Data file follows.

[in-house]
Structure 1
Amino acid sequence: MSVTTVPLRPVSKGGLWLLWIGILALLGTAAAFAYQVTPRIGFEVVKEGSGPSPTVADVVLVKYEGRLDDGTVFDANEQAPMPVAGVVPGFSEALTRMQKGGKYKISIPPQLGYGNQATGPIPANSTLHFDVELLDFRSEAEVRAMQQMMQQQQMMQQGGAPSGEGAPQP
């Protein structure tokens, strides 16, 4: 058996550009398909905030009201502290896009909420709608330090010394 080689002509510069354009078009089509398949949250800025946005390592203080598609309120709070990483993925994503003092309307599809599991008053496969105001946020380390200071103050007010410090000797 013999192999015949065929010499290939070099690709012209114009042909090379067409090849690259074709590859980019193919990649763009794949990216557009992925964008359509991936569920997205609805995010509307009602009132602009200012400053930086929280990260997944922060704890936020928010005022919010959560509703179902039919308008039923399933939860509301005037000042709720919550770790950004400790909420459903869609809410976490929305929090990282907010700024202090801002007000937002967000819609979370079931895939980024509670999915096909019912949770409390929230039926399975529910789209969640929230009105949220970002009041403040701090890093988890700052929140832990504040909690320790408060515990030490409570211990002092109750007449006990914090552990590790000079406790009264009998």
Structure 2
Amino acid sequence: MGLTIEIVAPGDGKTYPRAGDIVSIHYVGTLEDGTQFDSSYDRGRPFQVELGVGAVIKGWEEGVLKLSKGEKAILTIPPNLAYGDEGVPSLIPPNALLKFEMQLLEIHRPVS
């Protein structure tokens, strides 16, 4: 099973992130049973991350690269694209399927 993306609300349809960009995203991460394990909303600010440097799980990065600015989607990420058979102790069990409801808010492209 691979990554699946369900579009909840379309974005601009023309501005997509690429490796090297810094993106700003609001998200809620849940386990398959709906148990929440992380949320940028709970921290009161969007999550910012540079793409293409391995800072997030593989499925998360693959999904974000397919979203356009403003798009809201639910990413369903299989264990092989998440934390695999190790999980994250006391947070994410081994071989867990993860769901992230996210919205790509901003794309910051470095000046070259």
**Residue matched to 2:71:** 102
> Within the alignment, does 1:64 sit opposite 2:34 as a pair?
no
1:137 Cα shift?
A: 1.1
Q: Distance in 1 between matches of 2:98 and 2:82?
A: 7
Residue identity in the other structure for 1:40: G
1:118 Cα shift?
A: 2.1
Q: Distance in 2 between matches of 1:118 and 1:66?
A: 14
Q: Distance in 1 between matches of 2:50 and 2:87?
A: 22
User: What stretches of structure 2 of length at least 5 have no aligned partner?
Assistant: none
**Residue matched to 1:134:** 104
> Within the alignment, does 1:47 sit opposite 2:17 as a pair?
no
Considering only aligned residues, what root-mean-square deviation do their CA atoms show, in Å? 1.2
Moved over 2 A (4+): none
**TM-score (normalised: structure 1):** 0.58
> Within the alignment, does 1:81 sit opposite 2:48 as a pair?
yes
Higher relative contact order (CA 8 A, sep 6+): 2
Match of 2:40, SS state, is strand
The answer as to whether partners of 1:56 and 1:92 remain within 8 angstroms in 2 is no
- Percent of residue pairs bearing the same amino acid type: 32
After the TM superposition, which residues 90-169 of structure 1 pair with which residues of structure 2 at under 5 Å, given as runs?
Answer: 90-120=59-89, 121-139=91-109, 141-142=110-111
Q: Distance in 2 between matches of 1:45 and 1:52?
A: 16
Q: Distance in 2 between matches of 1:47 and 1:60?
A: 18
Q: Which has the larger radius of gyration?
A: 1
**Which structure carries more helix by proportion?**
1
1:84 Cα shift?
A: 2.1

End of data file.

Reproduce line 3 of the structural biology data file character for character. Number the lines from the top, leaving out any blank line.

Amino acid sequence: MSVTTVPLRPVSKGGLWLLWIGILALLGTAAAFAYQVTPRIGFEVVKEGSGPSPTVADVVLVKYEGRLDDGTVFDANEQAPMPVAGVVPGFSEALTRMQKGGKYKISIPPQLGYGNQATGPIPANSTLHFDVELLDFRSEAEVRAMQQMMQQQQMMQQGGAPSGEGAPQP